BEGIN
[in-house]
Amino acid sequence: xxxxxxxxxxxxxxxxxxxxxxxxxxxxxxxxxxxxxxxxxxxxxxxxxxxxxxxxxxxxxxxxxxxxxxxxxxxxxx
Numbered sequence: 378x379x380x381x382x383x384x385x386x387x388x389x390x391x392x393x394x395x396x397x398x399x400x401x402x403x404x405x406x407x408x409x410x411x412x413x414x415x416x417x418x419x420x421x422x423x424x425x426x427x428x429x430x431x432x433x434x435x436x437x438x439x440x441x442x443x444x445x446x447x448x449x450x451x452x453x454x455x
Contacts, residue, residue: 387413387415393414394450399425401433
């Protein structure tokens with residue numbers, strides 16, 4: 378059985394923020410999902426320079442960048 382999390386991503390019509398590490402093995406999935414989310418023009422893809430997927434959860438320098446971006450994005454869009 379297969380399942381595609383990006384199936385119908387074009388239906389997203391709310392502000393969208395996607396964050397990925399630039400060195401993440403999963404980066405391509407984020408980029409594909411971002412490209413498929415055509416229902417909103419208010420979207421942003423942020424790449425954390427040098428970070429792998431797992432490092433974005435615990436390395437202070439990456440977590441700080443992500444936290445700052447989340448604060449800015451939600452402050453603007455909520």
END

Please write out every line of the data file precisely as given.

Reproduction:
[in-house]
Amino acid sequence: xxxxxxxxxxxxxxxxxxxxxxxxxxxxxxxxxxxxxxxxxxxxxxxxxxxxxxxxxxxxxxxxxxxxxxxxxxxxxx
Numbered sequence: 378x379x380x381x382x383x384x385x386x387x388x389x390x391x392x393x394x395x396x397x398x399x400x401x402x403x404x405x406x407x408x409x410x411x412x413x414x415x416x417x418x419x420x421x422x423x424x425x426x427x428x429x430x431x432x433x434x435x436x437x438x439x440x441x442x443x444x445x446x447x448x449x450x451x452x453x454x455x
Contacts, residue, residue: 387413387415393414394450399425401433
């Protein structure tokens with residue numbers, strides 16, 4: 378059985394923020410999902426320079442960048 382999390386991503390019509398590490402093995406999935414989310418023009422893809430997927434959860438320098446971006450994005454869009 379297969380399942381595609383990006384199936385119908387074009388239906389997203391709310392502000393969208395996607396964050397990925399630039400060195401993440403999963404980066405391509407984020408980029409594909411971002412490209413498929415055509416229902417909103419208010420979207421942003423942020424790449425954390427040098428970070429792998431797992432490092433974005435615990436390395437202070439990456440977590441700080443992500444936290445700052447989340448604060449800015451939600452402050453603007455909520």